On balance, the Court concludes that the public interest in favor of issuing the preliminary *949 injunction outweighs the harm that would result to the defendants if the preliminary injunction were issued.

Accordingly,

IT IS HEREBY ORDERED that plaintiffs' motions for preliminary injunctions [# 23, # 25] are granted.

IT IS FURTHER ORDERED that the request for permanent injunctive relief by plaintiff State of Missouri is dismissed, without prejudice, at plaintiff's request.

Neither party shall recover any taxable costs of this action from the other.

NOTES

[1] Several of the witnesses described these hospitals as little more than rural clinics or "stabilization" centers. The least successful, the Reynolds County Hospital, has only one admitting physician on staff and its average daily census for 1996 was only 2 persons. The other three hospitals have average daily censuses ranging from 10 to 17 persons.

[2] As set forth above, this 65 "air mile" radius includes places up to 95 driving miles from Poplar Bluff.

[3] Because DRMC has a referral agreement with BJC, the evidence showed that a disproportionate number of persons referred to specialty care from DRMC went to BJC in St. Louis, rather than to closer specialists in, for example, Cape Girardeau.

[4] There is no doubt that the government agencies in this case were "out-lawyered" by the defendants. As the trier of fact and judge of equity, however, the Court must carefully weigh the evidence, the law, and the equities, and must, to the extent possible, disregard any differences in levels of skill and preparation by the attorneys. The Court has done so here.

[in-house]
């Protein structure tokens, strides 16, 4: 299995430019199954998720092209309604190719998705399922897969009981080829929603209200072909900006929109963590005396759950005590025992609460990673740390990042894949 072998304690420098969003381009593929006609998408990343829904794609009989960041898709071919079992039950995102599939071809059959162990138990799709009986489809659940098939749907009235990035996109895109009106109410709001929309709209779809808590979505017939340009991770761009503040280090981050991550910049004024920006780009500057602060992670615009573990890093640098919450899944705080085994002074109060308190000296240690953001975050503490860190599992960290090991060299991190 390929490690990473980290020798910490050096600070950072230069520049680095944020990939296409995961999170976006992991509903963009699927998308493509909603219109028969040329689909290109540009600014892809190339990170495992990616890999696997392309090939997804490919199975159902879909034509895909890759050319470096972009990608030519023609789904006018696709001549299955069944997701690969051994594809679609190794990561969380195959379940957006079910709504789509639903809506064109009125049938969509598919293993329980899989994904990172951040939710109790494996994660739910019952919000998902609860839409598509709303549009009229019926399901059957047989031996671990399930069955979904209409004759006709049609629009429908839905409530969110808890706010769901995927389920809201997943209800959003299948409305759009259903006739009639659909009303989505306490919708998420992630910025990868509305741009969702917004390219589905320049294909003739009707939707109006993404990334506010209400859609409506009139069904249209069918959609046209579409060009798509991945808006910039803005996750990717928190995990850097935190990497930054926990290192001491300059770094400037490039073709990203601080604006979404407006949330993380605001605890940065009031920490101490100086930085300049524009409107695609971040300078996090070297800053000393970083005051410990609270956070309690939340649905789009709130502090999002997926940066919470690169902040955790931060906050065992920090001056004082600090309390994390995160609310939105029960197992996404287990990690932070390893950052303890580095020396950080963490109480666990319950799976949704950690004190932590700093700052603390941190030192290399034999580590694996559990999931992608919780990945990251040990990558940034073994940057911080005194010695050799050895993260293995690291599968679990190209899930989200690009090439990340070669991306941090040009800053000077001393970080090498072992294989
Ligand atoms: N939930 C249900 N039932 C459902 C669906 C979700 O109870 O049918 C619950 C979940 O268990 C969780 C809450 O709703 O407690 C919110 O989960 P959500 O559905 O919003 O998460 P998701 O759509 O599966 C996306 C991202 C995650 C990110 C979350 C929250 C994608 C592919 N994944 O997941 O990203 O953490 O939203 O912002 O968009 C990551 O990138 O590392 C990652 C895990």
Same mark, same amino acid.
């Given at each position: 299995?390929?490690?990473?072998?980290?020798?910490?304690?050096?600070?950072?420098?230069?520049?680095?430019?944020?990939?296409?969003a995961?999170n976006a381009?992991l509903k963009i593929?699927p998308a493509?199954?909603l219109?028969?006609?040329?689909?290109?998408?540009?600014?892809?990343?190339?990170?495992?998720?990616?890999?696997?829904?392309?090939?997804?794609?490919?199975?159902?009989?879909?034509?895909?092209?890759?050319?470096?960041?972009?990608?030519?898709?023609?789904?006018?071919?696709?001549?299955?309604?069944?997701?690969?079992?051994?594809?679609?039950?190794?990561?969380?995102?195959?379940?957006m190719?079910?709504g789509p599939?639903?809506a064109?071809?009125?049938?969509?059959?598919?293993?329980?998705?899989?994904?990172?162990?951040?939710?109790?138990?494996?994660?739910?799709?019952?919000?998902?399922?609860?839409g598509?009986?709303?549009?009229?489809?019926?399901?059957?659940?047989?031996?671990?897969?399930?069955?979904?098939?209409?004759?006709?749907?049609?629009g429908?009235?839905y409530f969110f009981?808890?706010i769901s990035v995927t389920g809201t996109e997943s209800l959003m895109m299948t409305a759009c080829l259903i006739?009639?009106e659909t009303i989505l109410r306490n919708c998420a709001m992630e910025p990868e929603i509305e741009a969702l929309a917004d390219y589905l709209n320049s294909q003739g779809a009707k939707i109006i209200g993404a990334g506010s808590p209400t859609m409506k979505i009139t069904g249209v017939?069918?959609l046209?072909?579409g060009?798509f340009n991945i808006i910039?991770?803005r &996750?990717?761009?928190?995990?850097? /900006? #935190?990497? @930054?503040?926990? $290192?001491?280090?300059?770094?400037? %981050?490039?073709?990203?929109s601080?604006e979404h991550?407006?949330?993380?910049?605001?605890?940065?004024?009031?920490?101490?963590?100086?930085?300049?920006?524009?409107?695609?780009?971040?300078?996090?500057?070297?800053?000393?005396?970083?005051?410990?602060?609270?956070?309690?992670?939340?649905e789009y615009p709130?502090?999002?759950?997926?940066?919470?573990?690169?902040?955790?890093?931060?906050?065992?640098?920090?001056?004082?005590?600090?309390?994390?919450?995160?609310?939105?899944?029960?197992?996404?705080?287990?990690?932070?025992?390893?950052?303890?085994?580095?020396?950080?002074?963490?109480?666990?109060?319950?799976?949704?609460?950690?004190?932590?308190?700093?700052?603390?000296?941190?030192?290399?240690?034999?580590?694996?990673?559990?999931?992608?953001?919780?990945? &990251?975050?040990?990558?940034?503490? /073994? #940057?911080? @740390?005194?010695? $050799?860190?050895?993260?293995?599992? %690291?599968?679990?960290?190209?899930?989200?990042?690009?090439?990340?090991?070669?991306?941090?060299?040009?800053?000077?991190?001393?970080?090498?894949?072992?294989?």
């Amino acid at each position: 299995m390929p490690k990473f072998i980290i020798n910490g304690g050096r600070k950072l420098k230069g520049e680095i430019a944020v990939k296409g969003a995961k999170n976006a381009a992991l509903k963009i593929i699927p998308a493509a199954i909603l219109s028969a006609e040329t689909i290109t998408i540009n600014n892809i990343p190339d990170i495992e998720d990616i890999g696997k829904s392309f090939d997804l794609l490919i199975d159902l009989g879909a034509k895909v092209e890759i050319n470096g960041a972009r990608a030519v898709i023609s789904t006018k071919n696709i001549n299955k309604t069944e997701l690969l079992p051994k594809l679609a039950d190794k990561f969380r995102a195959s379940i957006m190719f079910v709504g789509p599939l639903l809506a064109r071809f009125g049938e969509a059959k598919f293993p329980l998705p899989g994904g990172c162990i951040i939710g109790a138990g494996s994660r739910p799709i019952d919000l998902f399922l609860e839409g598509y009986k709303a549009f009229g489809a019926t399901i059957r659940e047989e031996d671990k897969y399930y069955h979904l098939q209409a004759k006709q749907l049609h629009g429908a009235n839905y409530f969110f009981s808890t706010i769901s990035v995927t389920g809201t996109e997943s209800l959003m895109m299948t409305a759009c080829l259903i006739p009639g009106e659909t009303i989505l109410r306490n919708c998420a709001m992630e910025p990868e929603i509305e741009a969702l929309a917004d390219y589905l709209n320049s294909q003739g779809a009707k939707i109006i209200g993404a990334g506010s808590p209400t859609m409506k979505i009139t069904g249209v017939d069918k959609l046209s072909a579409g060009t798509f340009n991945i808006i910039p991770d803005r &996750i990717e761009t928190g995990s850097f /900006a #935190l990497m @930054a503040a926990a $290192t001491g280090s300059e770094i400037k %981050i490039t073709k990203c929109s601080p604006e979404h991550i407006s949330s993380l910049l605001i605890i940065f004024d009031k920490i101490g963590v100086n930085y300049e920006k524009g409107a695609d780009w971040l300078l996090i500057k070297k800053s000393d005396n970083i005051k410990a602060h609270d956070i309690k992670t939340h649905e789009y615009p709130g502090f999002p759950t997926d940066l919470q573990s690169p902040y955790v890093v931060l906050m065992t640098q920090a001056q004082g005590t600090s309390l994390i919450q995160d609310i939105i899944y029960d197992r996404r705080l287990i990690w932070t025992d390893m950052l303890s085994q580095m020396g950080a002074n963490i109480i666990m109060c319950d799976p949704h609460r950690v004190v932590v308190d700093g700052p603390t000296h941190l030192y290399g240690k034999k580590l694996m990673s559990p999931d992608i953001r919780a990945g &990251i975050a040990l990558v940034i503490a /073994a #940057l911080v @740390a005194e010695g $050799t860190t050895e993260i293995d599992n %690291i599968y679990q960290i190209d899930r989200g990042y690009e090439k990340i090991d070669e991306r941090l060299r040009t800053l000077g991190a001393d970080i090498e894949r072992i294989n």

[5] Similarly, defendants' argument regarding critical loss likewise assumes the answer to the ultimate question. Plaintiffs do not disagree with defendants' critical loss calculation, but they correctly point out that defendants' assumption that patients choose hospitals solely on the basis of price is not supported by the evidence.

[6] For example, the actual survey response rates were not maintained, some of the questions or combinations of questions resulted in nonsensical responses, and the results were most likely influenced by the phenomenon of "yea-saying."

[7] Defendants denominate DRMC a "flailing firm," presumably to distinguish their claimed defense from the "failing firm" defense, which they concede does not apply in this case. The "failing firm" defense to a merger applies only in the limited circumstance where defendants demonstrate a grave probability of business failure and the absence of any other prospective purchaser. Citizen Pub. Co. v. U.S., 394 U.S. 131, 136-38, 89 S. Ct. 927, 22 L. Ed. 2d 148 (1969).